A creation of One Page Wonder’s Stories to Read Alone at Night, “Annora Petrova” (which is technically just called “Annora”) is a familiar sort of tale; it’s reminiscent of Oscar Wilde’s The Picture of Dorian Gray.
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First published in a shortened form in 1890 in Lippincott’s Monthly Magazine and later as a full-length, standalone work in 1891, Wilde’s work caused an uproar at the time of publication, offending Victorian sensibilities for its hedonism and decadence. You probably know the conceit of the story, even if you’ve never read it: Dorian Gray, young and beautiful, strikes a Faustian bargain in order to keep said youth and beauty, causing the ravages of both age and his own sins to display not on he himself, but on a portrait painted of him instead. It’s funny how so many things considered “shocking” and “indecent” have proven to have lasting resonance, though, isn’t it? We’re still seeing takes on this same theme more than a century later; one of my favorite versions is the Neil Gaiman short story “The Wedding Present,” tucked away in the introduction of his collection Smoke and Mirrors.
“Annora Petrova,” too, riffs off of what Dorian Gray became famous for. A few things set it apart, however: First, the titular character doesn’t exactly strike a bargain; and second — and perhaps most notably — it updates the conceit for the modern age in the most apt way possible: It’s a sort of cautionary tale about Googling yourself.
Do make sure you check out the mocked-up Wikipedia page that accompanies the story — but don’t do it until you’ve read the rest of the story first. It’s important to save it for last. I mean it.
Subject: BREE PLEASE READ THIS
BREE, DON’T DELETE THIS!
I know you hate me, but we were best friends once and I need you to read this. I think I’m in serious trouble and there’s nothing you can do, but I need you to read this so you understand.
I know we haven’t talked since sectionals. It’s been forever, but what happened to you wasn’t my fault. At least it wasn’t entirely my fault. I know everyone thinks it was, but I would never do anything to hurt you.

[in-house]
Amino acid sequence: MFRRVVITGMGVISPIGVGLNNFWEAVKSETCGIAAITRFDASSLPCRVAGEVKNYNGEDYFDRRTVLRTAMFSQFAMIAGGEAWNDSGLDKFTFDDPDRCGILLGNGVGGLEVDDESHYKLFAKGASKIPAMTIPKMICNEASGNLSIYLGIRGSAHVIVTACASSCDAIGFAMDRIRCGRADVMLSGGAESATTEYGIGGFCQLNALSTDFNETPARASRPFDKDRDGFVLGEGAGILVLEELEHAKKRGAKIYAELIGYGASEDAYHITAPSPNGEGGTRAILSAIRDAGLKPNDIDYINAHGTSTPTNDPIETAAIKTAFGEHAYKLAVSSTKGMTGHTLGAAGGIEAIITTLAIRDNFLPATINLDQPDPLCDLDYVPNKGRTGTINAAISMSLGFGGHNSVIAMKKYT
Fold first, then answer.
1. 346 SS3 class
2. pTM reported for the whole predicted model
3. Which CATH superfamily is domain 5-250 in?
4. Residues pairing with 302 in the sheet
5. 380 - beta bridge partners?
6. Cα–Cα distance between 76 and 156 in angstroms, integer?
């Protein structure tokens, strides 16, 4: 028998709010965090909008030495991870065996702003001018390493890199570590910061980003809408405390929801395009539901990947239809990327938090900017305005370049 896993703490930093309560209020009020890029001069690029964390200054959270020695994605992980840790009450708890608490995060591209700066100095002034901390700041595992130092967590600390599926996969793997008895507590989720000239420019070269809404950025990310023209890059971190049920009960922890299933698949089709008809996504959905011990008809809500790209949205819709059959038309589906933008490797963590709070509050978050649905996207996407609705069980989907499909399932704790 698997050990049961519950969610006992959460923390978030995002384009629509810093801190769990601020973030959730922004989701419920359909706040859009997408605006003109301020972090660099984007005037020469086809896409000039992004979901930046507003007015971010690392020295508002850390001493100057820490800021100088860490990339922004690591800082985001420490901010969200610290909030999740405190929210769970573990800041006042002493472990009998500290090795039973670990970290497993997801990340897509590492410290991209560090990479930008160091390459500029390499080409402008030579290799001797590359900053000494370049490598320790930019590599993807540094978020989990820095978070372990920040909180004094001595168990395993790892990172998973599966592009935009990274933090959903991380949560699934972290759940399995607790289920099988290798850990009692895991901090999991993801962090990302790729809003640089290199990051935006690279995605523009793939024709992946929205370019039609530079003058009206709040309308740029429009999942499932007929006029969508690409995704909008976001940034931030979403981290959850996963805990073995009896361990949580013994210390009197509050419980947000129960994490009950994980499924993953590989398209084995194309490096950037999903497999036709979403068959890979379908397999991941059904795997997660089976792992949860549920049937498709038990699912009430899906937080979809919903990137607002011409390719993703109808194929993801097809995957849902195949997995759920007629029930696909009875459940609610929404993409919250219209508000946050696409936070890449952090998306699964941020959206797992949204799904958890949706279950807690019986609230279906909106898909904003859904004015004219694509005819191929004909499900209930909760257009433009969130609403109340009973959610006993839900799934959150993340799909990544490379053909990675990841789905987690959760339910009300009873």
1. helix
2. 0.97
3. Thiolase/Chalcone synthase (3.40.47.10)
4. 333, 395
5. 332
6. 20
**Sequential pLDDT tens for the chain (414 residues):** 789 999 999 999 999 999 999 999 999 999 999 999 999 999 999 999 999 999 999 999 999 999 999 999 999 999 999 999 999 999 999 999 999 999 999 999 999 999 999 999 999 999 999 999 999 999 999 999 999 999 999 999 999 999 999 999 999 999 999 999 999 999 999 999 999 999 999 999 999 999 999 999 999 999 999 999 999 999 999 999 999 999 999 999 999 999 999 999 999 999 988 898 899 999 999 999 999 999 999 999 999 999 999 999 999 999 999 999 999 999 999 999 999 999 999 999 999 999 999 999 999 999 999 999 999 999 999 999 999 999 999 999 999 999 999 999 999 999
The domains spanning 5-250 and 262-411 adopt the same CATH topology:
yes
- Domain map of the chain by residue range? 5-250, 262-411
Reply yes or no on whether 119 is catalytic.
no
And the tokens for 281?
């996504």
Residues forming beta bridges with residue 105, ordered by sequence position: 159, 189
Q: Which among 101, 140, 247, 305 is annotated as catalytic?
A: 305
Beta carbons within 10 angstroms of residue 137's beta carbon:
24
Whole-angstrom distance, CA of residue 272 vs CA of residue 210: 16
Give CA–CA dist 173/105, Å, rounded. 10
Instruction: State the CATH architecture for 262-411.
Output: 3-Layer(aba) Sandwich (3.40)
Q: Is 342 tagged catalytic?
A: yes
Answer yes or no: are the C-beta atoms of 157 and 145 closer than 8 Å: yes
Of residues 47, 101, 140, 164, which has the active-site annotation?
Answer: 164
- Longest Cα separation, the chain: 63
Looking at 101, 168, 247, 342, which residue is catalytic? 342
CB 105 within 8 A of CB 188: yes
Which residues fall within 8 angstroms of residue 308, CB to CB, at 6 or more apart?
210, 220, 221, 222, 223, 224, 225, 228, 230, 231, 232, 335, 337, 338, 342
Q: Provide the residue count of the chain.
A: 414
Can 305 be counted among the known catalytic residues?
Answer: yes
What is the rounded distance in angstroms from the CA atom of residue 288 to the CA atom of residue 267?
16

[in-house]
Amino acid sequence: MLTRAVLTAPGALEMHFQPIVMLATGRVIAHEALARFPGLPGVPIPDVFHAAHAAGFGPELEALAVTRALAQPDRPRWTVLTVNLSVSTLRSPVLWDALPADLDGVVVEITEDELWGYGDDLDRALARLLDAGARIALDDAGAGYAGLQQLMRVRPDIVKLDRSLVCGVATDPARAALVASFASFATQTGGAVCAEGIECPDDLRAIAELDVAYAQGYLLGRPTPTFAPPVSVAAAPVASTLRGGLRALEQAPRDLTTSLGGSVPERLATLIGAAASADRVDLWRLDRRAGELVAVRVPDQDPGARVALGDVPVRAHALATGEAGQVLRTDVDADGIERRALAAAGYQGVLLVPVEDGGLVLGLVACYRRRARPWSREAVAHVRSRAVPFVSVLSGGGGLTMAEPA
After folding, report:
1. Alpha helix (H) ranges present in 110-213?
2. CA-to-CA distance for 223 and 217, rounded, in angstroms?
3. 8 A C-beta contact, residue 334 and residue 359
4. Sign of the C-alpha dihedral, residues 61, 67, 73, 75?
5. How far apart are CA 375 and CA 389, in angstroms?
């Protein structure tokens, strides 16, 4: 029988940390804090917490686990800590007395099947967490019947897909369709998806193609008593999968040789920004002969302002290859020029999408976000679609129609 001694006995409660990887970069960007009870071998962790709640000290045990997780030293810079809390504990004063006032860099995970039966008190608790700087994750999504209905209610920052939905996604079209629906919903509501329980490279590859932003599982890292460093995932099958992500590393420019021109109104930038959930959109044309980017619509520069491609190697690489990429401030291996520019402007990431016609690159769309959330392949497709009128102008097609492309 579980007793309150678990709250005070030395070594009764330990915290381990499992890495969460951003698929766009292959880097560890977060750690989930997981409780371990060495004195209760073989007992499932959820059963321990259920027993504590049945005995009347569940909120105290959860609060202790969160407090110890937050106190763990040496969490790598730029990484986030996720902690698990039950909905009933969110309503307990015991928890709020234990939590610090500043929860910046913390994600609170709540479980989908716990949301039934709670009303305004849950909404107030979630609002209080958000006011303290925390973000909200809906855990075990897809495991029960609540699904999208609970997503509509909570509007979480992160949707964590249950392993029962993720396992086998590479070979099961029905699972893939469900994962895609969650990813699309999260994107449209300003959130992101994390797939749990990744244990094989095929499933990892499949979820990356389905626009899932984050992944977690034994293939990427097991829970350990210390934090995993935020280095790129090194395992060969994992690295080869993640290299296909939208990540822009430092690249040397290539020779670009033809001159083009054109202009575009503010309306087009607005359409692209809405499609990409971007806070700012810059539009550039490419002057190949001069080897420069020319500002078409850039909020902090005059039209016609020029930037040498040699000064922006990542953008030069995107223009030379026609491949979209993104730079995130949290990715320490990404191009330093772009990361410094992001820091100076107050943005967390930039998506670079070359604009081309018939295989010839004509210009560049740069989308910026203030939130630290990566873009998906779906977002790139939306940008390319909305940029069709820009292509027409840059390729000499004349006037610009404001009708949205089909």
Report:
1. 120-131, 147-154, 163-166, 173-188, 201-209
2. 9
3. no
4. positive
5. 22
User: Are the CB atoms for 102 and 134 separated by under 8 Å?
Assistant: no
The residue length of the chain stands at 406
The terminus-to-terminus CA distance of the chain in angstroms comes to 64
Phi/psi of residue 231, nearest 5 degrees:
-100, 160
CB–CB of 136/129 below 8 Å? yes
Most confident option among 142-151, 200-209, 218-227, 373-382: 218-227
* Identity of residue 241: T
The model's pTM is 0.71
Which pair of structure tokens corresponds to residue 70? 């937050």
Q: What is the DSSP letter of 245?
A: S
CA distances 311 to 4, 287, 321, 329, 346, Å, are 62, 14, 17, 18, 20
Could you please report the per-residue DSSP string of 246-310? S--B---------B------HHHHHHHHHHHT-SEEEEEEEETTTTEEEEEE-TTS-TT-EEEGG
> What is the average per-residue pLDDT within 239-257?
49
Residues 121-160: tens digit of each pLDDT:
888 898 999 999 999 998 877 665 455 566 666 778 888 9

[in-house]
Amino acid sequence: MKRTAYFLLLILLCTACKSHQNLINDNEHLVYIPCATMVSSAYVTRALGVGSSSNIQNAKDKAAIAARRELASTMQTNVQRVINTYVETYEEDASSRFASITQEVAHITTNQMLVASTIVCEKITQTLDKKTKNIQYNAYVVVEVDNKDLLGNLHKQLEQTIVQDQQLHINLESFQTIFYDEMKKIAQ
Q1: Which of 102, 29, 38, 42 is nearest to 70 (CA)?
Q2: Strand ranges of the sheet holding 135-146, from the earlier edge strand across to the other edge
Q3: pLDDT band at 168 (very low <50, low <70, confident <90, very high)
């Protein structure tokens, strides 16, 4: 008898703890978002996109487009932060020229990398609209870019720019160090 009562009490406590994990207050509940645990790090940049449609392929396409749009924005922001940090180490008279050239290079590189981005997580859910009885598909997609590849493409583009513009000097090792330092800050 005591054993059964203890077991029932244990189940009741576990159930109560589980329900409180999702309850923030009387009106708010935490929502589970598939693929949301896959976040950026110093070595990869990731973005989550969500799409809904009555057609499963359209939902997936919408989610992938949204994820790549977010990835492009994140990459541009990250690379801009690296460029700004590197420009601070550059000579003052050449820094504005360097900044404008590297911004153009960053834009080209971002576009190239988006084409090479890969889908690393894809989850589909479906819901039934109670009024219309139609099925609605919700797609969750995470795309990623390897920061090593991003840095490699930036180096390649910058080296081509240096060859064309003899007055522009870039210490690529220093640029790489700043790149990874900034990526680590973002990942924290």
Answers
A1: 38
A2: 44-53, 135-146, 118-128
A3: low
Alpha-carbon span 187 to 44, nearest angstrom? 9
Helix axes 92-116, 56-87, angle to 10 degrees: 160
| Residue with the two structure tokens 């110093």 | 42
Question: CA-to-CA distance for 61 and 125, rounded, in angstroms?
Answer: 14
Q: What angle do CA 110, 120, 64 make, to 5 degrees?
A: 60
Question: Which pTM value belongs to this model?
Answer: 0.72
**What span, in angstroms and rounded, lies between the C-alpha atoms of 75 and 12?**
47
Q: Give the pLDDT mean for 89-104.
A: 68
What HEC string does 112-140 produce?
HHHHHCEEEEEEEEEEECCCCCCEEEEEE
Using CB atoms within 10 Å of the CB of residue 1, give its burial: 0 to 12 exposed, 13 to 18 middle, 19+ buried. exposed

This is going to sound crazy, but I need to tell you this so that someone knows.
It started when we were in the 8th grade. It was the night before the Crystal Classic competition. I was at home and I couldn’t sleep because I was so nervous about competing. Well, I got on the computer, just sorta surfing the web and stuff, but I couldn’t concentrate on anything, I was just sitting there, so I googled myself.
I never should have done that Bree. At first it was all the usual stuff you find when you Google yourself; then I found a link to a Wikipedia page about me.
I thought our club or my dad made it or something. There wasn’t much there; just some basic facts about skating, what city I lived in, but the thing that got me was that it said I won that year’s Crystal Classic.
I laughed, I thought for sure someone just did it to encourage me. I confronted my dad about it, but he denied it.
When I won the competition the next day, I was so happy. That was the first competition I had ever won and it felt so good. Remember how hard I worked after that. That’s when my parents hired Sergei to coach me. You know how much that must have cost.
After that, I would check my page before every competition and it would always tell the result of how I placed.
[Photo via kropekk_pl/Pixabay, remixed by Lucia Peters]